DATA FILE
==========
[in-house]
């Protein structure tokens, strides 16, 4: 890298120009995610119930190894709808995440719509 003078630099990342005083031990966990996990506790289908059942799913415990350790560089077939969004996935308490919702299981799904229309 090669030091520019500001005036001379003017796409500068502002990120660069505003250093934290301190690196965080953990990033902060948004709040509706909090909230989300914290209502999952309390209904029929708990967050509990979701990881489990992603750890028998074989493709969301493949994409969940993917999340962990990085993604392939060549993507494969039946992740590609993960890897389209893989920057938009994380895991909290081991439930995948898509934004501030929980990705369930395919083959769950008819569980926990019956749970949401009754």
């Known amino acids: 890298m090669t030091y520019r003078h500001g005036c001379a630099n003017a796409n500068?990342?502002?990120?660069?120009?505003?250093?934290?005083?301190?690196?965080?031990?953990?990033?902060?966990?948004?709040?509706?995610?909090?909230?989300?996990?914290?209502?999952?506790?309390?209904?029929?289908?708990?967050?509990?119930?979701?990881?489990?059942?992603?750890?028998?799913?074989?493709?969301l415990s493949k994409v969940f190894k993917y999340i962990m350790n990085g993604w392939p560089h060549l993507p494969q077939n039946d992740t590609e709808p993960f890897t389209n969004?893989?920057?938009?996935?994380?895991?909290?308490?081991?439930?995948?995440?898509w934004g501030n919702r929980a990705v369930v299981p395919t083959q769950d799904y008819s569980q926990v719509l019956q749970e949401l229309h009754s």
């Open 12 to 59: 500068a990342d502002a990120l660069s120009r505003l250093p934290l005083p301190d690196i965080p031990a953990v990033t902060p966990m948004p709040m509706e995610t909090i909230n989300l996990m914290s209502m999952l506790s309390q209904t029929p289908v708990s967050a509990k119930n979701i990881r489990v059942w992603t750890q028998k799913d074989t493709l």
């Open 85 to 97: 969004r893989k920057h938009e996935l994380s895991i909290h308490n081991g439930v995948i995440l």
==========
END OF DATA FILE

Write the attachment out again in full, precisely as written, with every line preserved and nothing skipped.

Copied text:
[in-house]
């Protein structure tokens, strides 16, 4: 890298120009995610119930190894709808995440719509 003078630099990342005083031990966990996990506790289908059942799913415990350790560089077939969004996935308490919702299981799904229309 090669030091520019500001005036001379003017796409500068502002990120660069505003250093934290301190690196965080953990990033902060948004709040509706909090909230989300914290209502999952309390209904029929708990967050509990979701990881489990992603750890028998074989493709969301493949994409969940993917999340962990990085993604392939060549993507494969039946992740590609993960890897389209893989920057938009994380895991909290081991439930995948898509934004501030929980990705369930395919083959769950008819569980926990019956749970949401009754």
């Known amino acids: 890298m090669t030091y520019r003078h500001g005036c001379a630099n003017a796409n500068?990342?502002?990120?660069?120009?505003?250093?934290?005083?301190?690196?965080?031990?953990?990033?902060?966990?948004?709040?509706?995610?909090?909230?989300?996990?914290?209502?999952?506790?309390?209904?029929?289908?708990?967050?509990?119930?979701?990881?489990?059942?992603?750890?028998?799913?074989?493709?969301l415990s493949k994409v969940f190894k993917y999340i962990m350790n990085g993604w392939p560089h060549l993507p494969q077939n039946d992740t590609e709808p993960f890897t389209n969004?893989?920057?938009?996935?994380?895991?909290?308490?081991?439930?995948?995440?898509w934004g501030n919702r929980a990705v369930v299981p395919t083959q769950d799904y008819s569980q926990v719509l019956q749970e949401l229309h009754s």
């Open 12 to 59: 500068a990342d502002a990120l660069s120009r505003l250093p934290l005083p301190d690196i965080p031990a953990v990033t902060p966990m948004p709040m509706e995610t909090i909230n989300l996990m914290s209502m999952l506790s309390q209904t029929p289908v708990s967050a509990k119930n979701i990881r489990v059942w992603t750890q028998k799913d074989t493709l």
């Open 85 to 97: 969004r893989k920057h938009e996935l994380s895991i909290h308490n081991g439930v995948i995440l």